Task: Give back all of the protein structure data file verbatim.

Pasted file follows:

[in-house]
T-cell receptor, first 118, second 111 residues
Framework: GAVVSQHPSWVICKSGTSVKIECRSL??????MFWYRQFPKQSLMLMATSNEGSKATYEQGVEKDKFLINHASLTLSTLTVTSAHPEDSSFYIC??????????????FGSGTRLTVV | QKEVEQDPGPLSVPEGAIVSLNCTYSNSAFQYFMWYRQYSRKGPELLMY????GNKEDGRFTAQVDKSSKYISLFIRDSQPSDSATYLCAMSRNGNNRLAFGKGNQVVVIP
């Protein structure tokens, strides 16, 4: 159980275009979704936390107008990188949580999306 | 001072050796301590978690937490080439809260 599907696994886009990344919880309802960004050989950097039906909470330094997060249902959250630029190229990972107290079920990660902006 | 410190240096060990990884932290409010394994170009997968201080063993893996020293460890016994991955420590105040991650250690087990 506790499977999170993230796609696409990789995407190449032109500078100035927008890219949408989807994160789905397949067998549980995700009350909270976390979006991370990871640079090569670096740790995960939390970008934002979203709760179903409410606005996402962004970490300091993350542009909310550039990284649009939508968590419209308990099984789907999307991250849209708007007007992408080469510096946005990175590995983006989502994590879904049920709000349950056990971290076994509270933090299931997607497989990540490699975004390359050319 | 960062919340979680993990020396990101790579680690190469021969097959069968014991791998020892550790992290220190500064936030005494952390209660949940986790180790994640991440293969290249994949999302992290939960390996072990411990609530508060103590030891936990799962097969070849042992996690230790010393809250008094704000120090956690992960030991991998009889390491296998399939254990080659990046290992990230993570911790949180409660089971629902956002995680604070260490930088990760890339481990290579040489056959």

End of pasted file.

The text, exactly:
[in-house]
T-cell receptor, first 118, second 111 residues
Framework: GAVVSQHPSWVICKSGTSVKIECRSL??????MFWYRQFPKQSLMLMATSNEGSKATYEQGVEKDKFLINHASLTLSTLTVTSAHPEDSSFYIC??????????????FGSGTRLTVV | QKEVEQDPGPLSVPEGAIVSLNCTYSNSAFQYFMWYRQYSRKGPELLMY????GNKEDGRFTAQVDKSSKYISLFIRDSQPSDSATYLCAMSRNGNNRLAFGKGNQVVVIP
């Protein structure tokens, strides 16, 4: 159980275009979704936390107008990188949580999306 | 001072050796301590978690937490080439809260 599907696994886009990344919880309802960004050989950097039906909470330094997060249902959250630029190229990972107290079920990660902006 | 410190240096060990990884932290409010394994170009997968201080063993893996020293460890016994991955420590105040991650250690087990 506790499977999170993230796609696409990789995407190449032109500078100035927008890219949408989807994160789905397949067998549980995700009350909270976390979006991370990871640079090569670096740790995960939390970008934002979203709760179903409410606005996402962004970490300091993350542009909310550039990284649009939508968590419209308990099984789907999307991250849209708007007007992408080469510096946005990175590995983006989502994590879904049920709000349950056990971290076994509270933090299931997607497989990540490699975004390359050319 | 960062919340979680993990020396990101790579680690190469021969097959069968014991791998020892550790992290220190500064936030005494952390209660949940986790180790994640991440293969290249994949999302992290939960390996072990411990609530508060103590030891936990799962097969070849042992996690230790010393809250008094704000120090956690992960030991991998009889390491296998399939254990080659990046290992990230993570911790949180409660089971629902956002995680604070260490930088990760890339481990290579040489056959």